Police State Update: Do Police Officers Lie?

Police officers are widely viewed as honest public servants. Unfortunately, it turns out they lie under oath, possibly on a massive scale. Yes indeed, the police state is alive and well in the United States. Why do some police officers lie you may ask? Simple. First, they can get away with it. And second, they’re rewarded for it. Here’s more on the rising American police state from the New York Times:

…Peter Keane, a former San Francisco Police commissioner, wrote an article in The San Francisco Chronicle decrying a police culture that treats lying as the norm: “Police officer perjury in court to justify illegal dope searches is commonplace. One of the dirty little not-so-secret secrets of the criminal justice system is undercover narcotics officers intentionally lying under oath. It is a perversion of the American justice system that strikes directly at the rule of law. Yet it is the routine way of doing business in courtrooms everywhere in America.”

The New York City Police Department is not exempt from this critique. In 2011, hundreds of drug cases were dismissed after several police officers were accused of mishandling evidence. That year, Justice Gustin L. Reichbach of the State Supreme Court in Brooklyn condemned a widespread culture of lying and corruption in the department’s drug enforcement units. “I thought I was not naïve,” he said when announcing a guilty verdict involving a police detective who had planted crack cocaine on a pair of suspects. “But even this court was shocked, not only by the seeming pervasive scope of misconduct but even more distressingly by the seeming casualness by which such conduct is employed.”

(See the rest at the New York Times)

Real-Life Superheroes?

For decades, fans have thrilled to the fictional exploits of superheroes such as Superman and costumed heros like Batman. But such people, who dedicate their lives to protecting the public, aren’t real. Or are they? Meet Phoenix Jones, the most famous real-life costumed hero in America.

Phoenix Jones & Real Life Superheroes?

The United States, and perhaps the world as well, is on the verge of a costumed hero revolution. Across the nation, some 200 ordinary citizens are donning colorful costumes and heading out into the streets on a regular basis, ostensibly to serve the public. However, these people are quite different from their fictional counterparts. They mostly stick to simple tasks…stuff like community service and neighborhood patrols.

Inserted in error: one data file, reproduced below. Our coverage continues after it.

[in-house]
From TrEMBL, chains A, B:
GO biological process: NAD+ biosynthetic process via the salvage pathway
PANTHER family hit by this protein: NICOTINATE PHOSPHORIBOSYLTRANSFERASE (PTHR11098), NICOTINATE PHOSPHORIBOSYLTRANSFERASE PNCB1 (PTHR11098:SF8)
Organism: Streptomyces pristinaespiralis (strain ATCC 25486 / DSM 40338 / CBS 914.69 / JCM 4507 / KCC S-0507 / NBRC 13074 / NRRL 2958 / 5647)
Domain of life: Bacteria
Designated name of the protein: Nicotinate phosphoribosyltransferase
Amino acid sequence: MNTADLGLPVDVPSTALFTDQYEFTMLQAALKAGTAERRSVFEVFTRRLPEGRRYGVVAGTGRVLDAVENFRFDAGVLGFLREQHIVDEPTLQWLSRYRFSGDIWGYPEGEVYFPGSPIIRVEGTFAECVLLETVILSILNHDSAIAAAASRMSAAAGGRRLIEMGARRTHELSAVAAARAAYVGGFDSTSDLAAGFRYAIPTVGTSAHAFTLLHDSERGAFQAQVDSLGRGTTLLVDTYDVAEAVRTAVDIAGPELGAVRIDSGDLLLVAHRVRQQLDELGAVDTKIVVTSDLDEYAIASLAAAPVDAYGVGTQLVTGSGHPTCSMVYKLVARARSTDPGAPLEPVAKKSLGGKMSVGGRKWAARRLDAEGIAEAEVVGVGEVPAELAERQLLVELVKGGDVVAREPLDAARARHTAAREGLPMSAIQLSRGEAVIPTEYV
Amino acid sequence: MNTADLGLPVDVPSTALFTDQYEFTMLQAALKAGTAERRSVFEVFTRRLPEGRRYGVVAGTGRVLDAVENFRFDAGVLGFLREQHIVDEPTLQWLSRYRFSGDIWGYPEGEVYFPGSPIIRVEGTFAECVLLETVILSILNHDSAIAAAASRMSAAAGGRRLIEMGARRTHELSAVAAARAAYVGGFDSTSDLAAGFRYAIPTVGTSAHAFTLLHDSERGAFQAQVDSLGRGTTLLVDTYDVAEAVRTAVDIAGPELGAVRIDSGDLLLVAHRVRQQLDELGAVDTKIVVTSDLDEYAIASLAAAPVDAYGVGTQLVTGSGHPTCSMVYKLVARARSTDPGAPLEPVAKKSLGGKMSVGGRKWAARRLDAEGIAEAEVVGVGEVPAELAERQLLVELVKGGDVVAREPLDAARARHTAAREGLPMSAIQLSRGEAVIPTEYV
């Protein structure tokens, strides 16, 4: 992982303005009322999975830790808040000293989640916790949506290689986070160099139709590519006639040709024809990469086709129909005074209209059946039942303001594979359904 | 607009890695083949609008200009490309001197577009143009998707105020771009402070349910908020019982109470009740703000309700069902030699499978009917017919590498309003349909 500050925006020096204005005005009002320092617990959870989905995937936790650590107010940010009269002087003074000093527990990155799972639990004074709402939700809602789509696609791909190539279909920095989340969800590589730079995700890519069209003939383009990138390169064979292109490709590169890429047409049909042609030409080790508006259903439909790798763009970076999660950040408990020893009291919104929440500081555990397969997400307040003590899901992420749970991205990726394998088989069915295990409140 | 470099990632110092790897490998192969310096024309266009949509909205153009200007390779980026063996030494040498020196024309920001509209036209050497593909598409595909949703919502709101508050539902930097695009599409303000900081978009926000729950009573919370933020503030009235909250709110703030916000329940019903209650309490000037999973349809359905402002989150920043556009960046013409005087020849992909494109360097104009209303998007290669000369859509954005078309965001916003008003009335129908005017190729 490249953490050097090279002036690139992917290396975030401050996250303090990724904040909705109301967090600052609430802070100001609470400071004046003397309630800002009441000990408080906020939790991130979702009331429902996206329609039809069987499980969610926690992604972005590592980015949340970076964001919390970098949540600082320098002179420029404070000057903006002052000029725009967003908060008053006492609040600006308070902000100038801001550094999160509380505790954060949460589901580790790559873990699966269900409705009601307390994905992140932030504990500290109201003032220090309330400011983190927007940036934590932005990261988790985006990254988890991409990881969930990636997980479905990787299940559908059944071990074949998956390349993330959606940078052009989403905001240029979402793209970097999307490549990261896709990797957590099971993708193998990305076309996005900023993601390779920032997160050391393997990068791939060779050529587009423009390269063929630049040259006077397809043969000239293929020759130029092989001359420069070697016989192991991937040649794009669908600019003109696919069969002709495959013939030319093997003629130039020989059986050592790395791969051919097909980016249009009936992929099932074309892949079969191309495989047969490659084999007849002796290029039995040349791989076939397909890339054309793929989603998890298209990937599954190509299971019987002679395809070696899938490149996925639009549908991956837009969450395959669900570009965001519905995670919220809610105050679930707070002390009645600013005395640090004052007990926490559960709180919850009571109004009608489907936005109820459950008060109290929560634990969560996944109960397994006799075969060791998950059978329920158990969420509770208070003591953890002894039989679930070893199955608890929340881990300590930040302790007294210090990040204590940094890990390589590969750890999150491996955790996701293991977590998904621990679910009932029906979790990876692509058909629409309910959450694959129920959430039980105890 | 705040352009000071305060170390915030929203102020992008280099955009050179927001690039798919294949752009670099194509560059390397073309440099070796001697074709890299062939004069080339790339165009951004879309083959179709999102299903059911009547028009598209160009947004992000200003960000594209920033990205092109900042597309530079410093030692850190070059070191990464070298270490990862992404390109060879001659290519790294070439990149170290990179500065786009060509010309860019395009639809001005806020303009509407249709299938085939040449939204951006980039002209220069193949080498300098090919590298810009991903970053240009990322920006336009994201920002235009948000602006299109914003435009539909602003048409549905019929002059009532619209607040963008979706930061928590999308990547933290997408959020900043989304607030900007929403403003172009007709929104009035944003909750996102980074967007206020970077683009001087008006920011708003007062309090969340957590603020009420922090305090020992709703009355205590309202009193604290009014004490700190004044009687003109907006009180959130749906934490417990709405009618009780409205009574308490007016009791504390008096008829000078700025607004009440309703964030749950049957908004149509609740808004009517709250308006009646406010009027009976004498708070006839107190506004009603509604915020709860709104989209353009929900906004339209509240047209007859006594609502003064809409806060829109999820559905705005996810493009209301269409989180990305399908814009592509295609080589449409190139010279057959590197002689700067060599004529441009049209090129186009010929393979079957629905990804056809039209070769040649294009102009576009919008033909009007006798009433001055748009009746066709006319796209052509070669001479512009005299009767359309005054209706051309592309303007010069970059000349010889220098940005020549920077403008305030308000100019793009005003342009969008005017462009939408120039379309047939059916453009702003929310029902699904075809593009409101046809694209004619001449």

And then there’s Phoenix Jones. Phoenix, pictured above without costume, is perhaps the most famous real-life costumed hero in America. His real name is Benjamin John Francis Fodor and he’s 23 years old. He belongs to a ten-member team called the Rain City Superhero Movement. This Seattle-based squad is probably the closest real life example to the Justice League or the Avengers.

While most costumed heroes prefer to remain on the sidelines, Phoenix is best known for wading into the thick of the action. His weapons include a stun baton, a net gun, and pepper spray. He wears a bulletproof vest and stab plating. And good thing too since he’s been hit with a baseball bat, stabbed, held up at gunpoint, and had his nose broken via a kick to the face.

Phoenix Jones…Hero…or Villain?

A few days ago, Phoenix Jones was arrested and charged with four counts of assault. As best as I can tell, a group of individuals was fighting in the street (they claim they were dancing but later one of the girls in the video admitted there had been a fight). Phoenix along with his sidekick Ghost attempted to break up the altercation. The crowd turned on him and he discharged his pepper spray, hitting a young lady in the face. She went ballistic and went after him with her stiletto heels.

Similar to recent comic book story lines, Phoenix’s arrest has raised concerns regarding the legality of costumed crime fighters. The young lady claims that Phoenix’s behavior was irresponsible. And Seattle policemen have expressed their opinion that bystanders should call 911 rather than attempting to intervene in fights (it should be noted that Phoenix and his comrades called 911 numerous times during the fight).

“Just because he’s dressed up in costume, it doesn’t mean he’s in special consideration or above the law.” ~ Detective Mark Jamieson

While some people might agree with Detective Jamieson, a less charitable person would point out that while Phoenix was arrested for the pepper spray discharge, a police officer who did the same thing would receive nothing more than a rebuke. Which, from a certain point of view, places police officers above the very laws they are sworn to protect. As William Grigg put it: